Wage Growth Falls to Record Low 2.27%

Businessman holding money  - Australian dollars

Let me ask you a question: when was the last time you had a pay rise? If you’re like most Aussies, your income remained unchanged over the past year.

Findings from the Australian Bureau of Statistics (ABS) show wages rose by a paltry 0.6% in the June quarter. At 2.27%, the pace of wage growth slowed to its lowest rate in almost two decades. And it tops the previous record of 2.29% set in the March of this year.

As you might expect, this slowdown didn’t extend to every sector. Some industries came out better than others.

Retail, transport, and education sectors are among those that saw wages rise by 1.7% to June. Meanwhile, employees in financial, construction and health care services saw their pay-packets rise by a heftier 2.8% on average.

What’s most interesting about this data is the growing divide between public and private wages.

Public sector wages grew 0.7% in the June quarter. In seasonally-adjusted terms, public sector wages are up 2.5% for the year. On the other hand, private sector wages rose only 0.5%. The private sector is lagging well behind in comparison, up by 2.2% for the year.

What’s causing the slowdown in wage growth?

There are several factors explaining the slowdown in wage growth.

One of the major reasons is down to the greater flexibility in the labour market. Workers are prizing job security at the expense of wages. That means they’re becoming more accepting of lower-pay packets in general.

Another factor for slowing wage growth is that mining investments are still falling. That’s hitting private sector wages in mining related industries the hardest.

But the laundry list doesn’t end there.

On a more macro level, the economy is adjusting to new, lower, economic growth expectations. A weakening economy, as you might expect, puts downward pressure on wages too.

Meanwhile, reduced inflation expectations are contributing to weaker wages too. On the upside, wage growth remains above inflation, which grew 1.5% in the same period.

As you can see, the reasons for slowing wage growth are as varied as they are many. But you shouldn’t expect things to improve anytime soon.

The Reserve Bank noted that wages aren’t likely to pick over the next year. The RBA cited falling mining investments, and declining terms of trade, as key reasons for this.

At least the RBA can take comfort from slowing wage growth. It’s keeping the trending unemployment rate, at 6.1%, in check.

It matters where you live

Your best bet for a pay rise these days is to find work in Victoria. At 2.6%, wage growth in Victoria bettered NSW (2.1%), Queensland (2.1%), and WA (2.1%) by some margin.

The ACT recorded the lowest wage growth, at 1.8%, by comparison. South Australia, Tasmania and the Northern Territory all recorded growth just above 2.4%.

Here’s the ABS breaking down the differences between the states:

In the Private sector, the quarterly rise for Victoria of 0.7% was the largest quarterly rise of all states and territories. The smallest quarterly rise of 0.2% was recorded by Queensland, South Australia and Western Australia.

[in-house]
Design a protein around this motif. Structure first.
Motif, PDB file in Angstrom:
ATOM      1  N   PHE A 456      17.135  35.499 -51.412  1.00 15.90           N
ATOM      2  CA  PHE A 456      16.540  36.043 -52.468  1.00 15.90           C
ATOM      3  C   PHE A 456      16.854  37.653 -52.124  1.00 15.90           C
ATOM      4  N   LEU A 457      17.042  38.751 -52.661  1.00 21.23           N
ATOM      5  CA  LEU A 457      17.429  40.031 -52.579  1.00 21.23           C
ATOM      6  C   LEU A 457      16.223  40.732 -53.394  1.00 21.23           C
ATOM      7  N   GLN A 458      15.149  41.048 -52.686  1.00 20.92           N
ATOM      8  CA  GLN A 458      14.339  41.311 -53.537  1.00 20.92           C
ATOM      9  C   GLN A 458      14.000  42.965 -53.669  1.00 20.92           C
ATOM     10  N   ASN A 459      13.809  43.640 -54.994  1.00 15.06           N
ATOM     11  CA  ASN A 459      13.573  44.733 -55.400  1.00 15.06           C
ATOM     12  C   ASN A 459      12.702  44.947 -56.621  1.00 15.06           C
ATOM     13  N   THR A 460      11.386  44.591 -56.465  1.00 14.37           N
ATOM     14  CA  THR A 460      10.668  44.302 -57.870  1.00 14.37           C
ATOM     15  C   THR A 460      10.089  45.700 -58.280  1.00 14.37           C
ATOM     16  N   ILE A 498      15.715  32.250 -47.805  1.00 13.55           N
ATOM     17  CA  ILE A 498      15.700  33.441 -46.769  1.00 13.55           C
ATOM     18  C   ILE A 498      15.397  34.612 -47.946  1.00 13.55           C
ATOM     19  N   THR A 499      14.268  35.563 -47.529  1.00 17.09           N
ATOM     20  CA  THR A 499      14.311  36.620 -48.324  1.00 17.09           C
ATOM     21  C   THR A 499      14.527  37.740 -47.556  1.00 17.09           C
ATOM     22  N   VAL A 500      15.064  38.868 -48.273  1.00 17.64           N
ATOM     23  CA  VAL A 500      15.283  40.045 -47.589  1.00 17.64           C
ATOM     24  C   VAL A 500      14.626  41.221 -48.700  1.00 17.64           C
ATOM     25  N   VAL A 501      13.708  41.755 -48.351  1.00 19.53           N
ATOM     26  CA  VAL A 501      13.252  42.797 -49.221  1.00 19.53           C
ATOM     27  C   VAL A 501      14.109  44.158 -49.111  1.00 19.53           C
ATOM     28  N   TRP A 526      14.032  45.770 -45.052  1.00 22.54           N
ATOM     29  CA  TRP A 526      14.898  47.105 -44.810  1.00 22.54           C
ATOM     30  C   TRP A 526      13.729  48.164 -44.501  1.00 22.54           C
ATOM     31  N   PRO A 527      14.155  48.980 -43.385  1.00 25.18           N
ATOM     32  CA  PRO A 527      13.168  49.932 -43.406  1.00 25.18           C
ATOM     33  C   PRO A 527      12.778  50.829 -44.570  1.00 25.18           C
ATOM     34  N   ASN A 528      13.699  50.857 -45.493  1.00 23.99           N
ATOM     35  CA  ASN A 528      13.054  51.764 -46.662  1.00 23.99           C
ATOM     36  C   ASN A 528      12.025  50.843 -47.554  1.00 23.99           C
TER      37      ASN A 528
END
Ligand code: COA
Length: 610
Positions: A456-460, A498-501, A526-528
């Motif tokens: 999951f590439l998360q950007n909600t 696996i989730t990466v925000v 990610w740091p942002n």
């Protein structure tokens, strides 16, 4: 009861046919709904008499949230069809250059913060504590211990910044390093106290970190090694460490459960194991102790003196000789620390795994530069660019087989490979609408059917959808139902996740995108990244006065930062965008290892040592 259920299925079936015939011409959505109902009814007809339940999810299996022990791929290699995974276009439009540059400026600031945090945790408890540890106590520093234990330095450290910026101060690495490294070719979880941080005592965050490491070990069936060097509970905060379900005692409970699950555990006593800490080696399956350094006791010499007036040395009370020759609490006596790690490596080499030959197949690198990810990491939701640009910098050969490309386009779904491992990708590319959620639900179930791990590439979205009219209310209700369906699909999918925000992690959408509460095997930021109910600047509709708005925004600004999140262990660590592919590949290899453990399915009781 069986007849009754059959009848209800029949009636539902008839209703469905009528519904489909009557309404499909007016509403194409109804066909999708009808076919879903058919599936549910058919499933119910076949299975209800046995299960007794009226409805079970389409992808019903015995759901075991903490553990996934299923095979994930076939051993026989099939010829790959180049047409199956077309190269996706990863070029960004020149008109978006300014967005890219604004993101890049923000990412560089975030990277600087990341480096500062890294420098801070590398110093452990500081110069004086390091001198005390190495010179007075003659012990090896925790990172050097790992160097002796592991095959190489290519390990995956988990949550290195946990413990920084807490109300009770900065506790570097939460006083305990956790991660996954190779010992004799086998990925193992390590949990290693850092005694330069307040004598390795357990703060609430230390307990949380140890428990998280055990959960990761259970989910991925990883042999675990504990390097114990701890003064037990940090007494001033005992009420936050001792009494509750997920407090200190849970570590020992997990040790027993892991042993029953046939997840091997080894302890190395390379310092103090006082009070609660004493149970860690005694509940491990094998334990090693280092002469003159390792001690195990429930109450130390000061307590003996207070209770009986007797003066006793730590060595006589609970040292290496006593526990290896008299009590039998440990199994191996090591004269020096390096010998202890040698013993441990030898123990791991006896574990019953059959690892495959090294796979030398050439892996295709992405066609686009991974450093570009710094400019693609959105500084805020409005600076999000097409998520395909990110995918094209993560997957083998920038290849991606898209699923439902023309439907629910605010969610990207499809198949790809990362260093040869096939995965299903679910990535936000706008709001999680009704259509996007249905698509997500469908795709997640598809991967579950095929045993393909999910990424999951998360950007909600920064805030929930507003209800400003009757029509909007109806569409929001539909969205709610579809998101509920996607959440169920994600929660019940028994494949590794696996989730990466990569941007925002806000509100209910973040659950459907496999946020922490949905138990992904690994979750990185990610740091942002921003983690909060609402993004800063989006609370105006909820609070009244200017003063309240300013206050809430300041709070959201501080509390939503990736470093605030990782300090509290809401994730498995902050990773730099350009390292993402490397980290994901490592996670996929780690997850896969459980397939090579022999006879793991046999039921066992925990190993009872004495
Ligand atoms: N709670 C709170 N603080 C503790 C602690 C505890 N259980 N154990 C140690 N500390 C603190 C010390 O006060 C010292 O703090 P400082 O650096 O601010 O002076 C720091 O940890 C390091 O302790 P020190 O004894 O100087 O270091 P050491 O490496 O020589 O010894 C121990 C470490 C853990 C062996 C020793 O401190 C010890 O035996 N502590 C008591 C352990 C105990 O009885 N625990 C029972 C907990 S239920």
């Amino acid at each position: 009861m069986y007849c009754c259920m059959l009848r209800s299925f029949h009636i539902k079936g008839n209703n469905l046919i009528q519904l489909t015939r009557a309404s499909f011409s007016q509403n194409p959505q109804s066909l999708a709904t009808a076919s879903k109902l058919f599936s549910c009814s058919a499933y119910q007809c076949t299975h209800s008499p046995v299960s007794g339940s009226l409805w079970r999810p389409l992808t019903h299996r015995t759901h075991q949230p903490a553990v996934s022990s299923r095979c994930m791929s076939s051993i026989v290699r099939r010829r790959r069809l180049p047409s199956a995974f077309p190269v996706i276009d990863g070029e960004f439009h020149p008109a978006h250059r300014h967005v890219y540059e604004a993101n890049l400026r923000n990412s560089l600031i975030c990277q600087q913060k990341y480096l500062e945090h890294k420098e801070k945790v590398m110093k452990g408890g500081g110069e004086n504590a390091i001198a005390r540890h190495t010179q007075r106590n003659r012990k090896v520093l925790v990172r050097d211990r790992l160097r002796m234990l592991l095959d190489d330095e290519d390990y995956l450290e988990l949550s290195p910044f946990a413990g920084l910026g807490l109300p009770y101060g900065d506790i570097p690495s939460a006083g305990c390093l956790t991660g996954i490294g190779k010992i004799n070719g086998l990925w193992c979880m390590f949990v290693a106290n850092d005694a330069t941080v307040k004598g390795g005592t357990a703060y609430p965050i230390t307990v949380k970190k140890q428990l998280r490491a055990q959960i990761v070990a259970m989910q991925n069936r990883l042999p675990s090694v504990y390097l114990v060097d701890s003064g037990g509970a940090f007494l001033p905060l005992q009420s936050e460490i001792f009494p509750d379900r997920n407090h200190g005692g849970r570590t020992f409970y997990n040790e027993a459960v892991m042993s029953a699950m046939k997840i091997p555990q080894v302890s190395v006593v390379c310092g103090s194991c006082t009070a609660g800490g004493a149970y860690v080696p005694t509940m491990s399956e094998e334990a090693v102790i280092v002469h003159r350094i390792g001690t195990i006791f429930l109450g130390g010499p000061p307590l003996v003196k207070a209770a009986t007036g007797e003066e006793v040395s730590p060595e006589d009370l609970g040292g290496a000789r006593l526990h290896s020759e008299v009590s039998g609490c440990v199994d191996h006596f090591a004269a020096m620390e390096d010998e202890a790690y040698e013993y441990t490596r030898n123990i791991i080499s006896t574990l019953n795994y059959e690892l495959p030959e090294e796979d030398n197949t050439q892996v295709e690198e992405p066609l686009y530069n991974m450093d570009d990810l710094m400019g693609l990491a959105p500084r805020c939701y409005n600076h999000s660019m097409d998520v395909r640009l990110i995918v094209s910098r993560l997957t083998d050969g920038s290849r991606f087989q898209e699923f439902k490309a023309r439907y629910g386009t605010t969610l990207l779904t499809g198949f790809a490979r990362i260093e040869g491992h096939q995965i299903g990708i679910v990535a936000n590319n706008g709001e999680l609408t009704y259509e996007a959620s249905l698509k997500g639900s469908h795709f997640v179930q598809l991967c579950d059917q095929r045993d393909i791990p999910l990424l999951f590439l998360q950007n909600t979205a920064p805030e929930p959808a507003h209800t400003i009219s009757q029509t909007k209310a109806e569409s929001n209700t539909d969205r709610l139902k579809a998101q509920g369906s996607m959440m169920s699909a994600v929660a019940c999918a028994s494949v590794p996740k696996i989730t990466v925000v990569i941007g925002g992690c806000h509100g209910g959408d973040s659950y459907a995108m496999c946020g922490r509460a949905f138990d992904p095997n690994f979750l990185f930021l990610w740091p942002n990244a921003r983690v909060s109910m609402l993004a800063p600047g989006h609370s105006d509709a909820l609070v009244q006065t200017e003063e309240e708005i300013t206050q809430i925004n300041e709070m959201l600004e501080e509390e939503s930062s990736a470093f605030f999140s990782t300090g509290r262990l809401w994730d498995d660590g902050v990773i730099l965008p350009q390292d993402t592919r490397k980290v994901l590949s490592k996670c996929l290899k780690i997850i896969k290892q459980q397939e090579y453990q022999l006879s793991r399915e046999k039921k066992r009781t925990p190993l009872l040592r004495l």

Rises through the year in the Private sector ranged from 1.8% for Western Australia to 2.6% for Tasmania. For the fourth quarter in a row, Western Australia has recorded the slowest through the year wages growth of all states and territories.

In the Public sector, Tasmania and Western Australia recorded the largest quarterly rise of 0.6%, with Northern Territory recording the smallest quarterly rise of 0.1%. Victoria recorded the largest through the year Public sector rise of 3.3%.

For the fourth consecutive quarter, the smallest through the year rise for the Public sector was recorded by the ‘Australian Capital Territory (1.5%). Public sector wages growth in other states and territories is mostly driven by regularly scheduled State and Local government pay increases.

In the ACT Commonwealth government pay changes are most evident in the wages growth reported’.

What does all this mean for you as workers? Well, it means that you can expect more of the same in the future. Wage growth is stuck in cyclical decline. And there’s nothing on the horizon that’ll improve the situation.

Of course, this is just a symptom of the modern Aussie economy. It’s yet another sign that the economy is inching towards a recession.

The Daily Reckoning’s Greg Canavan says Australia is on course for its first recession in 23 years.

In a free report, ‘Australian Recession 2015: Unavoidable’, Greg reveals why our economy finds itself in the hole it’s in. He’ll show how debt levels have spiralled out of control. And he’ll prove why that means a recession is almost inevitable.

But there are actions you can take right now to lessen the blows of the recession.

Download your free copy today to learn how to protect your wealth from the fallout of the crash. To find out how to download his free report right now, click here.

Mat Spasic,

Contributor, The Daily Reckoning


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